KAIST researchers developed a hybrid aqueous energy storage device

By Warren Miller,
contributing writer

Longer lasting, more quickly chargeable batteries are in
higher demand than ever before. Lithium-ion batteries are in everything from
cell phones to electric vehicles, but they aren’t the only game in town, and
there may be some new competition on the horizon. Researchers at the Korean
Advanced Institute of Science and Technology (KAIST) have created a hybrid aqueous battery that is
capable of fully charging in 20 seconds or less
.

The aqueous hybrid capacitor is essentially a small amount
of liquid electrolyte held between an anode and a cathode. The anode is made up
of graphene-like polymer chain materials which have a high surface area, and
therefore higher capacitance. The cathode is a blend of nickel oxide nanoparticles
applied to graphene – the nickel oxide increases the rate of atom-by-ion redox
reactions, while the graphene increases capacitance. The net result is an
aqueous battery that is significantly more stable than its predecessors,
maintaining almost 100% of its energy capacity over 100,000 charging cycles.

“This eco-friendly technology can be easily manufactured and
is highly applicable. In particular, its high capacity and high stability,
compared to existing technologies, could contribute to the commercialization of
aqueous capacitors,” said Professor Jeung Kang, leader
of the team from KAIST’s Graduate School of Energy, Environment, Water, and
Sustainability. “The device can be rapidly charged using a low-power charging
system, and thus can be applied to a portable electronic device.” 

Image source: KAIST.

Another major benefit of the aqueous hybrid capacitor is
safety because it doesn’t use any dangerous chemicals or solvents, it is safer
for both people and the environment. Previous iterations of aqueous batteries
have low energy density and poor storage capacity, but the KAIST team has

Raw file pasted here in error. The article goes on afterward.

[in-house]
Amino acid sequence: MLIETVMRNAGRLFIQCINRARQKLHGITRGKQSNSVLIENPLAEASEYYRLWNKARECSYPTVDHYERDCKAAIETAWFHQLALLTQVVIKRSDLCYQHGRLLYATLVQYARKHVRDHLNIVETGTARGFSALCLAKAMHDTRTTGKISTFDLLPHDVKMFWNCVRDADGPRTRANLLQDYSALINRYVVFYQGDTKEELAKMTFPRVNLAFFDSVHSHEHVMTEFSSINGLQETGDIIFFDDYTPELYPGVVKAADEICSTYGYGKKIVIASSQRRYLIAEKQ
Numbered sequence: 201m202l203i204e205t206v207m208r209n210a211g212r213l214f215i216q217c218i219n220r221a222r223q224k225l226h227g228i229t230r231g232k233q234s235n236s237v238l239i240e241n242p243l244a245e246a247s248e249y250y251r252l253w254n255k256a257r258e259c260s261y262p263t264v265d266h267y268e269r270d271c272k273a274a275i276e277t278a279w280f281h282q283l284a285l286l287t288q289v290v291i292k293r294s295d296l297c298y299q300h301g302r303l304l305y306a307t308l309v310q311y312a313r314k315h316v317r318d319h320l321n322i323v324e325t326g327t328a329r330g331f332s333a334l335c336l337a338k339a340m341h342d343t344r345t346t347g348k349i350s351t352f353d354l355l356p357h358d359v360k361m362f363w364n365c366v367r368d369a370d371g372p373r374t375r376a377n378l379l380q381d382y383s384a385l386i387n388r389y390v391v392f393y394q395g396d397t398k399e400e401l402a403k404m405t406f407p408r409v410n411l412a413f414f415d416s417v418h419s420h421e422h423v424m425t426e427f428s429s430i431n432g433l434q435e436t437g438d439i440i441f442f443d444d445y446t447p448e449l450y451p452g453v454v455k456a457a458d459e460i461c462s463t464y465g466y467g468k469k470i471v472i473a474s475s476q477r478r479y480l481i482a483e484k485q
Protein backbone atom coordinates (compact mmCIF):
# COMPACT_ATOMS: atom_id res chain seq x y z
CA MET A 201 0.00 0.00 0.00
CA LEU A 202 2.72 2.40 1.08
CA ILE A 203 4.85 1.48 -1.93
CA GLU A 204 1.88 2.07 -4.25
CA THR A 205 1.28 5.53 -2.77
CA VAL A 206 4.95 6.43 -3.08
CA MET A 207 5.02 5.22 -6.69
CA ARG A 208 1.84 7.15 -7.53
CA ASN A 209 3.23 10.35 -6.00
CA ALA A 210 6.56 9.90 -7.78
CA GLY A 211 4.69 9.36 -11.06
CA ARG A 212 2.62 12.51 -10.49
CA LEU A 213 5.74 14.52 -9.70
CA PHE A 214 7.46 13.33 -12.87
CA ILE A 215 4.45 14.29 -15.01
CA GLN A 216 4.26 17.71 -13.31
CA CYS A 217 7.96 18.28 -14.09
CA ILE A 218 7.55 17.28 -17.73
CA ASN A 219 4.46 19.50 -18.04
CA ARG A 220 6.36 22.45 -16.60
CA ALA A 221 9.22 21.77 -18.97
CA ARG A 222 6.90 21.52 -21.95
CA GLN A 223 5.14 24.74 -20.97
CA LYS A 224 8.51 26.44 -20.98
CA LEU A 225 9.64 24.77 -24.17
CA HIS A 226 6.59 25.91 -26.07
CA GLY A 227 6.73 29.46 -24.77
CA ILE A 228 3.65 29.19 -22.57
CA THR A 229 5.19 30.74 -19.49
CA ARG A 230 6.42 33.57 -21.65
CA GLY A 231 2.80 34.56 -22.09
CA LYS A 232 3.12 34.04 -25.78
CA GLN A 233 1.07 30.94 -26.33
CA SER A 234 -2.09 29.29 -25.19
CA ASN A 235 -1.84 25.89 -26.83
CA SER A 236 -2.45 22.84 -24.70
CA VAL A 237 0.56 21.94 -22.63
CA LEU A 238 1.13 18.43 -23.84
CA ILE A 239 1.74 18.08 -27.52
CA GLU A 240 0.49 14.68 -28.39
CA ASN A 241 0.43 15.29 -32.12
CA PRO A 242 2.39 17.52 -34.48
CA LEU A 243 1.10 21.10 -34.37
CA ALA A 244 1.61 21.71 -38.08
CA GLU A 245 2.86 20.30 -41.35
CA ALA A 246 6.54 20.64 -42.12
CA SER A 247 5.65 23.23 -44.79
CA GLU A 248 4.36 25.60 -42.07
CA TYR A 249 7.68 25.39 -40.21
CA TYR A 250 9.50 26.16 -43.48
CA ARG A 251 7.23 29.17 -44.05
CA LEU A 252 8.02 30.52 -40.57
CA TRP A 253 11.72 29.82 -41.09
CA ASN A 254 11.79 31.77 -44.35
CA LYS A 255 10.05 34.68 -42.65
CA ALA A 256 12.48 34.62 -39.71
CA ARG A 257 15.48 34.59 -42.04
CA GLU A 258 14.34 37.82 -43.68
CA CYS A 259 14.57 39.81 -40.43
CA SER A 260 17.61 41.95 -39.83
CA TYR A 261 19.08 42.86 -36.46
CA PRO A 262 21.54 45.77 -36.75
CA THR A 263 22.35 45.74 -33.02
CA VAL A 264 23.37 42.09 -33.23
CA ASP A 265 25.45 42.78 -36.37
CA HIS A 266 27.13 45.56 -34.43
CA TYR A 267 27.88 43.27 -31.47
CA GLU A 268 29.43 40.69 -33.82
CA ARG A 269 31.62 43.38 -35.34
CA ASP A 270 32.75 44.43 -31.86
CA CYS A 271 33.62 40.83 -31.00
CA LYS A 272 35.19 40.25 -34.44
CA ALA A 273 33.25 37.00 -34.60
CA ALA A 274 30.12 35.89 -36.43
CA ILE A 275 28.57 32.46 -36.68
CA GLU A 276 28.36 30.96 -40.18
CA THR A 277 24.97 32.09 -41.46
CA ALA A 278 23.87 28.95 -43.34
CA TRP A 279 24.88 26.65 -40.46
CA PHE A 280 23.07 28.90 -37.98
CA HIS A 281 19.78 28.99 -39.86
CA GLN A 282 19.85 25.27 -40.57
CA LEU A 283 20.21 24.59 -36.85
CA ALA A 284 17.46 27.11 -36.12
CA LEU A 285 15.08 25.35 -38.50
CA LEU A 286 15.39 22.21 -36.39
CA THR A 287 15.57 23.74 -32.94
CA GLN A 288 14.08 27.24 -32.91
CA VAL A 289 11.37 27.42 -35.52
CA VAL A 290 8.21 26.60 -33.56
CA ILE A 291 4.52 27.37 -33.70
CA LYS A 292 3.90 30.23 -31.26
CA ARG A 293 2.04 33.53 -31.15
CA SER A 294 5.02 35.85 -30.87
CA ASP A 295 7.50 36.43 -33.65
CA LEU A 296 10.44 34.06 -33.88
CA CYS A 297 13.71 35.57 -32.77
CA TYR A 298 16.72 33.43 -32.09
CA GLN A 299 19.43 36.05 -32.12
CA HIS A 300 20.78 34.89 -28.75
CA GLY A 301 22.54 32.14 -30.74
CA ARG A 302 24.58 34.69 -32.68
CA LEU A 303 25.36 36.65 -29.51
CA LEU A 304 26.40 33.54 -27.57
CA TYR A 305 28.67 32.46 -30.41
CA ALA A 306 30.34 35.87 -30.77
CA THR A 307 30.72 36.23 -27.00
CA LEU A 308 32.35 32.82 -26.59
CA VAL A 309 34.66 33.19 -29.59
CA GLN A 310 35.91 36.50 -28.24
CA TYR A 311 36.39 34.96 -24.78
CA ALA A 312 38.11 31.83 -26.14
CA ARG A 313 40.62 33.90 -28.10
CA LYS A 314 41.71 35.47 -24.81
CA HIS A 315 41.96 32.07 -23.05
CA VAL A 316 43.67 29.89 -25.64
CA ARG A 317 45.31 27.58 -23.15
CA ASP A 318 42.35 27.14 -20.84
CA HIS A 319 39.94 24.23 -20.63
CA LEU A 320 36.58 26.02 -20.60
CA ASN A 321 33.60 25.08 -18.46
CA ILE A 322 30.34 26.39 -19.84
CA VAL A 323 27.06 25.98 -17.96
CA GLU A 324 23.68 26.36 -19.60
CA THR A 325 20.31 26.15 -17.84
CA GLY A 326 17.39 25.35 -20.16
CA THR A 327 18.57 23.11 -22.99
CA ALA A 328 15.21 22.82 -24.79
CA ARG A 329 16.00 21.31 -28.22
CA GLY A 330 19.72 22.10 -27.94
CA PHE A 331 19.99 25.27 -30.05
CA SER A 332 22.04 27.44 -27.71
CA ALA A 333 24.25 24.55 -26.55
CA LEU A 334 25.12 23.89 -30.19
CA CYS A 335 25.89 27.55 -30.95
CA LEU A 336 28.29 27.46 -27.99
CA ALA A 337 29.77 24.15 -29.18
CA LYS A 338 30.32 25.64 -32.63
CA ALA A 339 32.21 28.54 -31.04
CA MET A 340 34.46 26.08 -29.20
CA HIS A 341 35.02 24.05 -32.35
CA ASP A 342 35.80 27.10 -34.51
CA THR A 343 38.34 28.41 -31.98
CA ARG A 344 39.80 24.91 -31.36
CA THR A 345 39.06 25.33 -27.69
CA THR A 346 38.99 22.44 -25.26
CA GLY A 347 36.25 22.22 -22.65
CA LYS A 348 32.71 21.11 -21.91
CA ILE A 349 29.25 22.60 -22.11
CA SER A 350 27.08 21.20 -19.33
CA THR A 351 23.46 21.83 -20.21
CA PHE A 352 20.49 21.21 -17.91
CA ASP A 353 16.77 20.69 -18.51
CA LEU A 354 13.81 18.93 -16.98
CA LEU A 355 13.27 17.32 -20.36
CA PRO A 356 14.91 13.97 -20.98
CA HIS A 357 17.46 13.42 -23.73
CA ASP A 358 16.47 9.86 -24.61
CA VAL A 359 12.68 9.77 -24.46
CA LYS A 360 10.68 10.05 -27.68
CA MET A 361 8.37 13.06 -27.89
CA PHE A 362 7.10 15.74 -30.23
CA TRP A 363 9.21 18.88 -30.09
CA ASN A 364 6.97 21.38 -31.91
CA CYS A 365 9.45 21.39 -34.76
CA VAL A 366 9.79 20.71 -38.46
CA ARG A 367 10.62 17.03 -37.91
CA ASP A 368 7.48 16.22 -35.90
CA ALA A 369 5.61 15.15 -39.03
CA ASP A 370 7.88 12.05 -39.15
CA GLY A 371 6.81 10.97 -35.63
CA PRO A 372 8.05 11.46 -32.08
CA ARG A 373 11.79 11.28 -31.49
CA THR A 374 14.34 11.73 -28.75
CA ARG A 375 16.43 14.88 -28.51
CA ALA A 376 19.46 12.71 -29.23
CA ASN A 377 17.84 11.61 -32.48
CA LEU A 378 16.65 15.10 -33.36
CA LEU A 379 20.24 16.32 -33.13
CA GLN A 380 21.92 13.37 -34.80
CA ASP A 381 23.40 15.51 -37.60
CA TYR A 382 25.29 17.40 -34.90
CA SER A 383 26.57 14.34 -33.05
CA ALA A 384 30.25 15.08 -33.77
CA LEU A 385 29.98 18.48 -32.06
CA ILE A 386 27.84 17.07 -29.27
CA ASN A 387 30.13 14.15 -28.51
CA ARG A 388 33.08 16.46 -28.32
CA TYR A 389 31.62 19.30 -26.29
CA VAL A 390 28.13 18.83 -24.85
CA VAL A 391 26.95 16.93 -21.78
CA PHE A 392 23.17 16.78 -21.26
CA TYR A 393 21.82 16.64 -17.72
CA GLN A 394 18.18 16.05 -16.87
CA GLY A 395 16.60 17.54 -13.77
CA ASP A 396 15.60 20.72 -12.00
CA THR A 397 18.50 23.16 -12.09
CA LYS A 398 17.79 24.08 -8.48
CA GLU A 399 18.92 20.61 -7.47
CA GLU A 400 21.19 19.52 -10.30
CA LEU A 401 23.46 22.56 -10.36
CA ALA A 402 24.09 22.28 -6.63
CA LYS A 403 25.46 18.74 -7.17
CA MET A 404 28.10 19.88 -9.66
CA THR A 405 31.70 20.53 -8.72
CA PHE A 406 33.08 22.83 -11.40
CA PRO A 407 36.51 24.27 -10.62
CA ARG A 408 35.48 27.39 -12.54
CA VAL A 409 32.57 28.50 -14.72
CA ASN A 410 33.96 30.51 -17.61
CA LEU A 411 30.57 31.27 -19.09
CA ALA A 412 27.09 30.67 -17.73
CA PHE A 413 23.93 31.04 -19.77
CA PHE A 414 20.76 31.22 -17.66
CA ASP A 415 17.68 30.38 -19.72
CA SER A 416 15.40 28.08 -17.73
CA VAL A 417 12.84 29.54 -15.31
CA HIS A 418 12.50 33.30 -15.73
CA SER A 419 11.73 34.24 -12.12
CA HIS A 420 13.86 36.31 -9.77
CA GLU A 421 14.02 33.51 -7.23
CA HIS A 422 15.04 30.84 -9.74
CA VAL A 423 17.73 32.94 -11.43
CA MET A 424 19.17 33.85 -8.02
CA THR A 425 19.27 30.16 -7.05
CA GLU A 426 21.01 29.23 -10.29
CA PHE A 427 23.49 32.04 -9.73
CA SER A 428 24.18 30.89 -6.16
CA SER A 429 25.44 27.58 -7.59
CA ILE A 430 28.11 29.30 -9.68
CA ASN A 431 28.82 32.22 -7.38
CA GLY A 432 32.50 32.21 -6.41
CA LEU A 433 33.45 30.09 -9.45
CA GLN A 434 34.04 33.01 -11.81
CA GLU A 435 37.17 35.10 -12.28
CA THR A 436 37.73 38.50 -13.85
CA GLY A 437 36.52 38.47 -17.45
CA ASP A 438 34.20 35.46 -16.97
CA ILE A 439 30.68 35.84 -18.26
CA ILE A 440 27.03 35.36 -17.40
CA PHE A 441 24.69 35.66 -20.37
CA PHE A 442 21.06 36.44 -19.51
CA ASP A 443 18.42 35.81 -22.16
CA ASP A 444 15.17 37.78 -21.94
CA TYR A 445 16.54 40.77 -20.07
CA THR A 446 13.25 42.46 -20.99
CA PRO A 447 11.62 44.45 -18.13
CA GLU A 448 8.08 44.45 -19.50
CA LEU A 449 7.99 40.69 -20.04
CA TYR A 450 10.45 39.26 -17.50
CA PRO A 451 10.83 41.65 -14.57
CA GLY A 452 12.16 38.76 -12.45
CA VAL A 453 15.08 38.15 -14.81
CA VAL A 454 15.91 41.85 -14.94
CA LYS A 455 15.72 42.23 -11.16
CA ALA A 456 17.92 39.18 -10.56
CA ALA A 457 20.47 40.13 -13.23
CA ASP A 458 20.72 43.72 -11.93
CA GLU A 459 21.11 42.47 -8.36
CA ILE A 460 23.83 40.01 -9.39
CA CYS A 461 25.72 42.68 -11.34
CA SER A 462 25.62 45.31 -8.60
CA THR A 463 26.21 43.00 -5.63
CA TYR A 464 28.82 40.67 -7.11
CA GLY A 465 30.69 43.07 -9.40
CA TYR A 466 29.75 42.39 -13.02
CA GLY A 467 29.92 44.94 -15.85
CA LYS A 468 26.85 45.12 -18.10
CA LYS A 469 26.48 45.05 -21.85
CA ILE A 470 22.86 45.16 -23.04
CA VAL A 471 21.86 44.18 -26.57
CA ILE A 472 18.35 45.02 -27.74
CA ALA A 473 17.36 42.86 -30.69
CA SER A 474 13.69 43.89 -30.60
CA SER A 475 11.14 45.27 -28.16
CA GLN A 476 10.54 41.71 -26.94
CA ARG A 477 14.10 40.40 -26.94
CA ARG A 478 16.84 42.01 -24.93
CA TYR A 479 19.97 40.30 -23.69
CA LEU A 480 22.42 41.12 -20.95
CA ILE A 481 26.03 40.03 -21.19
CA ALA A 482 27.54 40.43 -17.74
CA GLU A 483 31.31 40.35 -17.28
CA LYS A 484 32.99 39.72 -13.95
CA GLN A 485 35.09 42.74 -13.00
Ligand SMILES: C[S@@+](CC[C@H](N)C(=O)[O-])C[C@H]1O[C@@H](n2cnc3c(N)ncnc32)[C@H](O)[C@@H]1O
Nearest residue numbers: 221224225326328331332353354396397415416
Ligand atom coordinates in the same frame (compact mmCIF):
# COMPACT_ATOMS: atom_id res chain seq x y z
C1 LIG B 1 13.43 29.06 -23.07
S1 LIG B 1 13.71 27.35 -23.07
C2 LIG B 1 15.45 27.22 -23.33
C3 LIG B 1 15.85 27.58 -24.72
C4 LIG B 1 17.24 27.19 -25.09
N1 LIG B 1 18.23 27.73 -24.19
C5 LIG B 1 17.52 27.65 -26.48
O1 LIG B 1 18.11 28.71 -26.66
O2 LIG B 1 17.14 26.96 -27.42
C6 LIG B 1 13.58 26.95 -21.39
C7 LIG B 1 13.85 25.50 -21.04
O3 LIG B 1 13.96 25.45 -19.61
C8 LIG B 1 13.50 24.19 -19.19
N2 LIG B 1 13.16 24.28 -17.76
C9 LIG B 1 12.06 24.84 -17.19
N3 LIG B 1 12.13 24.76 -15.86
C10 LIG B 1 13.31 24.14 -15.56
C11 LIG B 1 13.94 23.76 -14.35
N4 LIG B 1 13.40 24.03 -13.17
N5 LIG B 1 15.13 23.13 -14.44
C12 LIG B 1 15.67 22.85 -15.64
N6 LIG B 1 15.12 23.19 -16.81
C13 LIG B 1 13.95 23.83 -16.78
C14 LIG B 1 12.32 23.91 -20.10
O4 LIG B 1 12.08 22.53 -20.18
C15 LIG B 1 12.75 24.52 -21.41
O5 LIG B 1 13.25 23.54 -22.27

seemingly eliminated these drawbacks with their innovative new design. The
battery can be fully charged using a low-power charging system (like a phone
charger you plug into the wall or a USB port) in about 20 to 30 seconds.

This is a good example of the ways in which complex polymer
chain molecules, nanotubes and molecules with even more complex topologies can
replace scarce or environmentally unfriendly materials. Will we be able to find
even more fantastic applications for complex structures made out of common
materials like carbon, silicon, oxygen, and hydrogen? And can we meld the
structural capabilities of these materials with energy generation, energy
storage, and electro-mechanical movement to create entire self-sufficient
systems?

In the near term, however, just a more efficient battery can
be a dramatic improvement. What could this mean for the future of portable
electronics? A battery that is not only safer but more effective than its
lithium-ion-based counterparts would seem like a pretty good bet to make a big
splash on the market — if and when it becomes commercially available, that
is. In the long run, we might see aqueous batteries incorporated into electric
cars at some point in the future. Can you imagine charging your Tesla in 30
seconds?